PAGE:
Assumptions & utilities of directive principles of state policy - MAINS QUESTION - DAILY CURRENT AFFAIR QUESTIONS AND ANSWERS

Wednesday, August 19, 2020

Assumptions & utilities of directive principles of state policy

The Directive Elements of State Policy refer to Part V of the Constitution. S6 to 51, inspired by the constitution of Ireland. The Directive Principles of Policy are the foundation of governance. There is a code of conduct for the administrators of the country. The purpose of incorporating them into the Constitution was to pave the way for social revolution through peace-making methods and to prove some social and economic mandates so that economic social democracy and the public welfare state can be established. Is indicative.

The nature of directive elements is non-justifiable, meaning that they cannot be enforced by the court on their abuses. Therefore, the government is not bound to implement them. Hence, the following major assumptions and recommendations regarding director elements were:
(1) The drafting committee, on the advice of Constitutional Advisor BN Rao, placed the non-justified group of rights as a director element in Part-4, which was kept un-justified as the country could not implement them. This was necessary to keep the new India free. It has been clarified in 37 that it will be the duty of the state to use these elements in making laws. Therefore, moral responsibility is imposed on the state authorities for their application. It is Ambedkar's statement. That the popular government cannot disregard them. ”Hence the Directive Principles of State Policy are guidelines for the state.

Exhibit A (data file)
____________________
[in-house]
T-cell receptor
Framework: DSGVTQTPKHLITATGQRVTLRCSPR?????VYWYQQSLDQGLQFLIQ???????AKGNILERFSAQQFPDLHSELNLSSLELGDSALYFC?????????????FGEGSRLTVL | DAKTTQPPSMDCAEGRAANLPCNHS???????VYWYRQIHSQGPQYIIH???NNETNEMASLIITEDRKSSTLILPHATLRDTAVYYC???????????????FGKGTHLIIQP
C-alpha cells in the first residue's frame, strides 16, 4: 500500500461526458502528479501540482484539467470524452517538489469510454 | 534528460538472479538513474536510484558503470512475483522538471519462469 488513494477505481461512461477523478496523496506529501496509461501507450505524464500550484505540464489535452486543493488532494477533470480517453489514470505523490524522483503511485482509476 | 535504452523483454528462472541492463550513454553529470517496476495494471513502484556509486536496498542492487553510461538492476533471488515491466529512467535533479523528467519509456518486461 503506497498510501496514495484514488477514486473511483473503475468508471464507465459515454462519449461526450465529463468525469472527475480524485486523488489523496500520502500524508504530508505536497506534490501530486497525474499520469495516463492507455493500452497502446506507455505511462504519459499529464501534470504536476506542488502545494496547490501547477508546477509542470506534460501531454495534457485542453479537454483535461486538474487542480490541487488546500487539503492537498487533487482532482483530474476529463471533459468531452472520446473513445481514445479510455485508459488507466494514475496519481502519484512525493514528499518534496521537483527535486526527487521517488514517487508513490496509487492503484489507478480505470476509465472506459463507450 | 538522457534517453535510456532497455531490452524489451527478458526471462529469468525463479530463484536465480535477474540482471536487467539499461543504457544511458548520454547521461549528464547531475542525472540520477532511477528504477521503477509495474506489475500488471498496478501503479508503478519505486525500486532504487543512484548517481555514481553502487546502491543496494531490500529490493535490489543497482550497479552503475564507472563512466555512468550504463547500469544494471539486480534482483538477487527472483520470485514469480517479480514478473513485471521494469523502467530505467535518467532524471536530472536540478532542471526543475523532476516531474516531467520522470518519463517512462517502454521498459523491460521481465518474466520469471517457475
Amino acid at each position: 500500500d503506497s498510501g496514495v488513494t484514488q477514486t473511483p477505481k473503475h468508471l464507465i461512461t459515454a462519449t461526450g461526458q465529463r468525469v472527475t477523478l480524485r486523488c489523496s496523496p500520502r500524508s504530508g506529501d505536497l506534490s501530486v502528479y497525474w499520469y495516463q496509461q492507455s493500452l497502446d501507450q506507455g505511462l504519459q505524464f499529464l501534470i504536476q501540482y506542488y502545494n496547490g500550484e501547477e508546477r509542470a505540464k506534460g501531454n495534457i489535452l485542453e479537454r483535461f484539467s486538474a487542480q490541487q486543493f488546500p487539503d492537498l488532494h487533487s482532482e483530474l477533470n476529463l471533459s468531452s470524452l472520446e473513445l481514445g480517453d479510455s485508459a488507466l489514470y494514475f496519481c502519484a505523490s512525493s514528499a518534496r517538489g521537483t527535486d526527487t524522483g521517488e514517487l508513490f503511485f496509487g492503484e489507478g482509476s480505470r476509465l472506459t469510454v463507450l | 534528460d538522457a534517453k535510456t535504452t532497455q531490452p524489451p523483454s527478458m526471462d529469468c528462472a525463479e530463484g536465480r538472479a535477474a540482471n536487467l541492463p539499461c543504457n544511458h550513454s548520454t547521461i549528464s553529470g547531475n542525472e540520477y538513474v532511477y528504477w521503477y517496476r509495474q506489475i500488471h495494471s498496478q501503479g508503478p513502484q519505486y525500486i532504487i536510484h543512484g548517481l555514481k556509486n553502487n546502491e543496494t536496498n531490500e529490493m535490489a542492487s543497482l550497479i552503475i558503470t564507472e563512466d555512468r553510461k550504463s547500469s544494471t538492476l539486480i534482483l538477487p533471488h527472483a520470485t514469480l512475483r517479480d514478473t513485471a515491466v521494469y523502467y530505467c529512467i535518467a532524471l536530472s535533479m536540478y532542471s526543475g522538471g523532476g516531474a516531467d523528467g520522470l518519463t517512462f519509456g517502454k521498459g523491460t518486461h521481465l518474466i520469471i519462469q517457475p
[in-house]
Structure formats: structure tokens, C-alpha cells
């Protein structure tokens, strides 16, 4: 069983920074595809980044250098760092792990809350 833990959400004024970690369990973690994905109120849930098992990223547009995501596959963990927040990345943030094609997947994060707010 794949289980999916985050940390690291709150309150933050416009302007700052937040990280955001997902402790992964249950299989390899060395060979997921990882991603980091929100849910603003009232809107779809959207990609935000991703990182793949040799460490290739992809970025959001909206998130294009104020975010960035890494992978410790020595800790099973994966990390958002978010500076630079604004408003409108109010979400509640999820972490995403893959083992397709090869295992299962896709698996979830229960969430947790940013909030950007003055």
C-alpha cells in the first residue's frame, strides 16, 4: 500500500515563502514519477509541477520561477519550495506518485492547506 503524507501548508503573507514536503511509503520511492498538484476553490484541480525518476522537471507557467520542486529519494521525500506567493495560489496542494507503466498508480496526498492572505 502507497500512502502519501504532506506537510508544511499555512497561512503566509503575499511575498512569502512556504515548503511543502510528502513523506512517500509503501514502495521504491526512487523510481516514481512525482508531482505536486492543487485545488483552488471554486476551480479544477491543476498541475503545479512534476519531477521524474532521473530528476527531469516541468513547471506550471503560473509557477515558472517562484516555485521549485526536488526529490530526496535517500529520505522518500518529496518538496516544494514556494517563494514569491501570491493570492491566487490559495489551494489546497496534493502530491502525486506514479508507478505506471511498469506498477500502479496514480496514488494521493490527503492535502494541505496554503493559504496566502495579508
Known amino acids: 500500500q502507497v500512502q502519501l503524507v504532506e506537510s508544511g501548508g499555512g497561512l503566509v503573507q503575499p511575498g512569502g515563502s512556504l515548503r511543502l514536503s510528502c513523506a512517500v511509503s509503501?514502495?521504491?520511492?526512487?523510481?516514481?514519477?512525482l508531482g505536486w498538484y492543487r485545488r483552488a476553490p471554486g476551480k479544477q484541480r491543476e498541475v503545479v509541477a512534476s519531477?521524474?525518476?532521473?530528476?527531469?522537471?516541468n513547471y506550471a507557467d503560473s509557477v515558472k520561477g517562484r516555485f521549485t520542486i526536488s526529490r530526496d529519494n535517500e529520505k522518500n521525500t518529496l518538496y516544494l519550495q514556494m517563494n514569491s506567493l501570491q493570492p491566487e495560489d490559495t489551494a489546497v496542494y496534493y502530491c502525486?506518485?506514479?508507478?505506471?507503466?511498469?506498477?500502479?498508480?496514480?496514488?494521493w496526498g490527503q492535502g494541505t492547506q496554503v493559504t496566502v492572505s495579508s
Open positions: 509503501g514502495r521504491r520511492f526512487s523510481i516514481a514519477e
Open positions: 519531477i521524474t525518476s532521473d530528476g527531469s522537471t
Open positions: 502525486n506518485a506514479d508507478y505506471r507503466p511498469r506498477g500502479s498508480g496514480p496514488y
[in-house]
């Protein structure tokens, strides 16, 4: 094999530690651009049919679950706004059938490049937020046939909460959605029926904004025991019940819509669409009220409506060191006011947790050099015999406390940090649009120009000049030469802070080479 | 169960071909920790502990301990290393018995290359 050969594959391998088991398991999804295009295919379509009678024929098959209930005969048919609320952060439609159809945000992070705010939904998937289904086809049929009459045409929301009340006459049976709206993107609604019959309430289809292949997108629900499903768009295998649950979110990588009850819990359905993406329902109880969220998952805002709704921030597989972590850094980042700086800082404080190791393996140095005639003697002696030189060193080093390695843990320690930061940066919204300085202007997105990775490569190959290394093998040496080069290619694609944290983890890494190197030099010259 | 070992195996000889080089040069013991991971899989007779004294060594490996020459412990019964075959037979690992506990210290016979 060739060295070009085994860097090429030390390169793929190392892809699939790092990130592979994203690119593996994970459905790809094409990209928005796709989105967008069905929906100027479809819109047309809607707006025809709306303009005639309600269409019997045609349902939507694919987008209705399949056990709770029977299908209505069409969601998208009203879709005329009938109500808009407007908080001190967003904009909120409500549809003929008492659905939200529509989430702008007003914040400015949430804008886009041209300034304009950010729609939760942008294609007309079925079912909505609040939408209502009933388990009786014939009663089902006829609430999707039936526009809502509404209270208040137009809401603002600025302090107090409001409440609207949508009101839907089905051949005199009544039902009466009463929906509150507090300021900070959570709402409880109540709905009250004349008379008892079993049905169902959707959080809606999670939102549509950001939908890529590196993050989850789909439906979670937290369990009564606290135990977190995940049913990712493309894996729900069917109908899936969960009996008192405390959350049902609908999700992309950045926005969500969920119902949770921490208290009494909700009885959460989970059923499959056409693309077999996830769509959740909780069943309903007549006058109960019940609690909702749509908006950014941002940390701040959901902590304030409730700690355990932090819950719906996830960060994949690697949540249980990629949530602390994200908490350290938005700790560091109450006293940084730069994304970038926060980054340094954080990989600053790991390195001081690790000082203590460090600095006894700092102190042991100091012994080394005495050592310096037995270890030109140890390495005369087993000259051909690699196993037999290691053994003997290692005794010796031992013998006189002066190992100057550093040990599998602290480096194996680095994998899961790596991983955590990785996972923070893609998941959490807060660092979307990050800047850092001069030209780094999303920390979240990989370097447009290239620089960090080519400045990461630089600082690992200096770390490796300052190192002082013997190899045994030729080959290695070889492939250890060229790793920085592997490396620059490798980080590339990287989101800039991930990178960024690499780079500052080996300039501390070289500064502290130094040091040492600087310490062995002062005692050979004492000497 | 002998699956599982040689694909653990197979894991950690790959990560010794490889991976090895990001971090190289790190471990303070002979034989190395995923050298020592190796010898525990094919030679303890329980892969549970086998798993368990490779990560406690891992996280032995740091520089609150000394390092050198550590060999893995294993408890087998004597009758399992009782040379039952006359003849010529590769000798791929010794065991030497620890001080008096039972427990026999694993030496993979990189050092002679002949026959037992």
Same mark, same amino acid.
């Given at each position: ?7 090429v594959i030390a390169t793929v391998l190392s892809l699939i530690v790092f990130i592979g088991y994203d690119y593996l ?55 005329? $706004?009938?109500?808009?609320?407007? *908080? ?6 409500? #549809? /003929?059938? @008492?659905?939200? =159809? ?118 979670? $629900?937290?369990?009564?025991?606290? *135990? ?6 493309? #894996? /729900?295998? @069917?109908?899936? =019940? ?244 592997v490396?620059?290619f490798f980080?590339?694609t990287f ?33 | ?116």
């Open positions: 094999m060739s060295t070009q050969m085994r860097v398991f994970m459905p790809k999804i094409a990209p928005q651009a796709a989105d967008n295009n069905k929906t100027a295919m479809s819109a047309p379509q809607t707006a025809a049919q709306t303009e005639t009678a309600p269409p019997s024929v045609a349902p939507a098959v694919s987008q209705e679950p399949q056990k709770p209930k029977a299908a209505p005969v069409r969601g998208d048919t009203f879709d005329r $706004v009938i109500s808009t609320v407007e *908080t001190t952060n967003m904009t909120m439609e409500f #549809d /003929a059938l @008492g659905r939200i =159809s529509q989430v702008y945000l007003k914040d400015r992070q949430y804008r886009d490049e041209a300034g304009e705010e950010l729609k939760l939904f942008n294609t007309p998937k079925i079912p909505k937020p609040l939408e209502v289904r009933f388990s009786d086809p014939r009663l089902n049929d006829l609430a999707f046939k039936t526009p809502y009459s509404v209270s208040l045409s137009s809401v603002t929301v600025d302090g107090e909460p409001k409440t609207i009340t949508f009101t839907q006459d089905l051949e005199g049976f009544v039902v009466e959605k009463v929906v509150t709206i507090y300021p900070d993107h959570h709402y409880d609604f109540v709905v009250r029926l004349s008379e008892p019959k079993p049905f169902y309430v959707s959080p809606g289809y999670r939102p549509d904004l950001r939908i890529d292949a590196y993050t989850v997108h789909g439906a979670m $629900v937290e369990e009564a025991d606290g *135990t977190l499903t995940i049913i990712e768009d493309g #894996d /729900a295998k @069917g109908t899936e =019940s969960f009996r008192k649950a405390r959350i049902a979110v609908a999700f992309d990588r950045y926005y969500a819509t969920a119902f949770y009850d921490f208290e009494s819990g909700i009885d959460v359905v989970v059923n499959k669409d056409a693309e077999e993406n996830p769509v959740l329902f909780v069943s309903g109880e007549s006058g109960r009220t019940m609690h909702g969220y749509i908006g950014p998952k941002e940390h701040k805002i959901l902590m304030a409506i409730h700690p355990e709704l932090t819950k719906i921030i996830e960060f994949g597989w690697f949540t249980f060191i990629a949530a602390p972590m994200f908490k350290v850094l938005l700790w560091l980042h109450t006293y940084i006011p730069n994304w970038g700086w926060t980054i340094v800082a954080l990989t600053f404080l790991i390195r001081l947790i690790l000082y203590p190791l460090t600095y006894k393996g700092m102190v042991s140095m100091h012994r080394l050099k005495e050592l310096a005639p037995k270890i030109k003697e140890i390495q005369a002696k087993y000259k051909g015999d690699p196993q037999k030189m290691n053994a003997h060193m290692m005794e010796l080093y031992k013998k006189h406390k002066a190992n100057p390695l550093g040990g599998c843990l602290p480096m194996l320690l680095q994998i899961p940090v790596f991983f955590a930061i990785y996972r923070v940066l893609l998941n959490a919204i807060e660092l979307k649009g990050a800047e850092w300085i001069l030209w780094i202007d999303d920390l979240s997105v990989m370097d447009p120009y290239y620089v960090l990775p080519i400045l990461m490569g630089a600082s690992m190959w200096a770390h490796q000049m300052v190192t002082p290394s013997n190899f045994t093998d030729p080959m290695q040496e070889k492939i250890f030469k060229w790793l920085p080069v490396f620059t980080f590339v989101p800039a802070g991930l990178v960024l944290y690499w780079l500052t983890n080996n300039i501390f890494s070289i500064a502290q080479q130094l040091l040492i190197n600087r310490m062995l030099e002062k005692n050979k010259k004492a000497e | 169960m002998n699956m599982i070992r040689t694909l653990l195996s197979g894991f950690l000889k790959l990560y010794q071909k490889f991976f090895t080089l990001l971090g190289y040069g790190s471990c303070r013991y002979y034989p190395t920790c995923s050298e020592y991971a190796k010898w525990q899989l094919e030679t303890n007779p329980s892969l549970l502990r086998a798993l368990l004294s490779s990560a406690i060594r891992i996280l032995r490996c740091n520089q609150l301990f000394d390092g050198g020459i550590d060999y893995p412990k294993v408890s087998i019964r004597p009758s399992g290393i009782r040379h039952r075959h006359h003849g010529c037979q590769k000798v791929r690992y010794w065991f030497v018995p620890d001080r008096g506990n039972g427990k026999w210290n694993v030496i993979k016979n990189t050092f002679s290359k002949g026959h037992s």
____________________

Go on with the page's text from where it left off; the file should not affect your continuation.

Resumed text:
Utility - Despite some criticisms, the Directive Principle of Policy is important in the context of the Constitution and peace. A former Chief Justice of India
According to the opinion "If these elements are fully adhered to, then our country will start to look like heaven on earth.
(1) In the establishment of a public welfare state.
(2) In the establishment of economic and social democracy
(3) In clarifying the philosophy of the Constitution.
(4) To remove any constitutional interference before the judiciary.
(5) In directing the state.
(6) To maintain stability and continuity in domestic and foreign policies, even if there is a change of power.
(7) In filling the vacancy of fundamental rights.
(8) In the form of a general political manifesto.

Thus the Directive Principles of Policy are broad and their importance is also important. These are the dreams cherished by Indians during the nationalist freedom movement, which need to be given concrete shape.

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